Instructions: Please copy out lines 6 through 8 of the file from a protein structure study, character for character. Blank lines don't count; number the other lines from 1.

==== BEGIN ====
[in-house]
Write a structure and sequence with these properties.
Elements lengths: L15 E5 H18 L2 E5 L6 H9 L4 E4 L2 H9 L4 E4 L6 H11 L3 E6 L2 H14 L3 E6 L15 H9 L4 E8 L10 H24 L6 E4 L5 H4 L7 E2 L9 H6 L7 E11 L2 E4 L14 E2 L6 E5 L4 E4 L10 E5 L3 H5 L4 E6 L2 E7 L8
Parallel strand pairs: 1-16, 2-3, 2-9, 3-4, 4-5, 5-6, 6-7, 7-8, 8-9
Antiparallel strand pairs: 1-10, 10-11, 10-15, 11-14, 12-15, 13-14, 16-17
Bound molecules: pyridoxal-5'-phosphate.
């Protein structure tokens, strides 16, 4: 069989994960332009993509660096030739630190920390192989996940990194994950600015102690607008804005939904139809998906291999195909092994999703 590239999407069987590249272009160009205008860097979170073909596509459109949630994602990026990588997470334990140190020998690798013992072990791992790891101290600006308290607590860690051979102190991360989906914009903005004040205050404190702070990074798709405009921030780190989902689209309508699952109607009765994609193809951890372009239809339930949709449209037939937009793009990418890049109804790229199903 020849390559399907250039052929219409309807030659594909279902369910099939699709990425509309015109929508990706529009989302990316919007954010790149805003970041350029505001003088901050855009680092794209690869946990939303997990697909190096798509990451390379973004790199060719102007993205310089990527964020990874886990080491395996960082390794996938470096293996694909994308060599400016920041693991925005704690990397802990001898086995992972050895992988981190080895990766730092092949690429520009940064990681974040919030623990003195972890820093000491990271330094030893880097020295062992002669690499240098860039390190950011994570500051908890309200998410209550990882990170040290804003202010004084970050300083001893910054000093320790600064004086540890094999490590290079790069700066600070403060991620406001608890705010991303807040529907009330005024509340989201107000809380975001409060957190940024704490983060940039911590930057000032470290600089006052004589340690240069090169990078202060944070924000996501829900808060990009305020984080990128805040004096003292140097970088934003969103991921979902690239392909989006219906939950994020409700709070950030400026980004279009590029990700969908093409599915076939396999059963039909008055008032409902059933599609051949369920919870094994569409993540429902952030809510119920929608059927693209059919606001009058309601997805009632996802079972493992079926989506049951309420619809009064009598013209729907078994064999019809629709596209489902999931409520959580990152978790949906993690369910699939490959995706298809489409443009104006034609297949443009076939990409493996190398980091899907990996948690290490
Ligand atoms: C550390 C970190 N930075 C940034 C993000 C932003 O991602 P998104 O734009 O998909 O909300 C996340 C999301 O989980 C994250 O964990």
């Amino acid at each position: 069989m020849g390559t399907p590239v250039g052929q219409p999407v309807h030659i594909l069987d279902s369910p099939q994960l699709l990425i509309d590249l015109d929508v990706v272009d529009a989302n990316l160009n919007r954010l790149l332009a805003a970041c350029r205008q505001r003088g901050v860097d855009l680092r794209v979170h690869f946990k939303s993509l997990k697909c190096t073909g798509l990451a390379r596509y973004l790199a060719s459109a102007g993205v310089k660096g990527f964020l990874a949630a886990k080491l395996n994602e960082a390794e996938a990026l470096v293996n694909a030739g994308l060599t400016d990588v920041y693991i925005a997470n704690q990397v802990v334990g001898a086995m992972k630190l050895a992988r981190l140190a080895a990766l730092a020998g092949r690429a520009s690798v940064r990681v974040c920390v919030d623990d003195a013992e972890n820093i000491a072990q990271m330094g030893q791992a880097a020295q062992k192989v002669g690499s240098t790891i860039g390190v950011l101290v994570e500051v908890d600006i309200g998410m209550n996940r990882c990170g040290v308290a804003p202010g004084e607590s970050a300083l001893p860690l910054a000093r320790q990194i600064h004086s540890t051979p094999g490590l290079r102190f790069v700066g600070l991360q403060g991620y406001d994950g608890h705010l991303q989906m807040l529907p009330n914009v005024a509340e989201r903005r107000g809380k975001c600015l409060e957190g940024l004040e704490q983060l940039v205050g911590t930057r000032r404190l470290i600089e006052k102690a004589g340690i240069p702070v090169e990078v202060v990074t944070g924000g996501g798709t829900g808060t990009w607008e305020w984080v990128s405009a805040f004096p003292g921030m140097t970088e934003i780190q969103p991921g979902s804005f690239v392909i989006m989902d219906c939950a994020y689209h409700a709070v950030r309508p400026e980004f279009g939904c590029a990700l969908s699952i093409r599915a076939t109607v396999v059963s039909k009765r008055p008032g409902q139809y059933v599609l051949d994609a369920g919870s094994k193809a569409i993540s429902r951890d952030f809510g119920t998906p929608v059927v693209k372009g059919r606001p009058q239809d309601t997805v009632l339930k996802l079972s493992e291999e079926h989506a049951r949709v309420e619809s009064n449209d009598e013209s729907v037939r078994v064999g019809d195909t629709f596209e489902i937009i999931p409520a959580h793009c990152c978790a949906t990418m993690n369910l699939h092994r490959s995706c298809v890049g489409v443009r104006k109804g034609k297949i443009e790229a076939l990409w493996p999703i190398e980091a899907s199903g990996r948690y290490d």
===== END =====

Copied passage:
Bound molecules: pyridoxal-5'-phosphate.
């Protein structure tokens, strides 16, 4: 069989994960332009993509660096030739630190920390192989996940990194994950600015102690607008804005939904139809998906291999195909092994999703 590239999407069987590249272009160009205008860097979170073909596509459109949630994602990026990588997470334990140190020998690798013992072990791992790891101290600006308290607590860690051979102190991360989906914009903005004040205050404190702070990074798709405009921030780190989902689209309508699952109607009765994609193809951890372009239809339930949709449209037939937009793009990418890049109804790229199903 020849390559399907250039052929219409309807030659594909279902369910099939699709990425509309015109929508990706529009989302990316919007954010790149805003970041350029505001003088901050855009680092794209690869946990939303997990697909190096798509990451390379973004790199060719102007993205310089990527964020990874886990080491395996960082390794996938470096293996694909994308060599400016920041693991925005704690990397802990001898086995992972050895992988981190080895990766730092092949690429520009940064990681974040919030623990003195972890820093000491990271330094030893880097020295062992002669690499240098860039390190950011994570500051908890309200998410209550990882990170040290804003202010004084970050300083001893910054000093320790600064004086540890094999490590290079790069700066600070403060991620406001608890705010991303807040529907009330005024509340989201107000809380975001409060957190940024704490983060940039911590930057000032470290600089006052004589340690240069090169990078202060944070924000996501829900808060990009305020984080990128805040004096003292140097970088934003969103991921979902690239392909989006219906939950994020409700709070950030400026980004279009590029990700969908093409599915076939396999059963039909008055008032409902059933599609051949369920919870094994569409993540429902952030809510119920929608059927693209059919606001009058309601997805009632996802079972493992079926989506049951309420619809009064009598013209729907078994064999019809629709596209489902999931409520959580990152978790949906993690369910699939490959995706298809489409443009104006034609297949443009076939990409493996190398980091899907990996948690290490
Ligand atoms: C550390 C970190 N930075 C940034 C993000 C932003 O991602 P998104 O734009 O998909 O909300 C996340 C999301 O989980 C994250 O964990």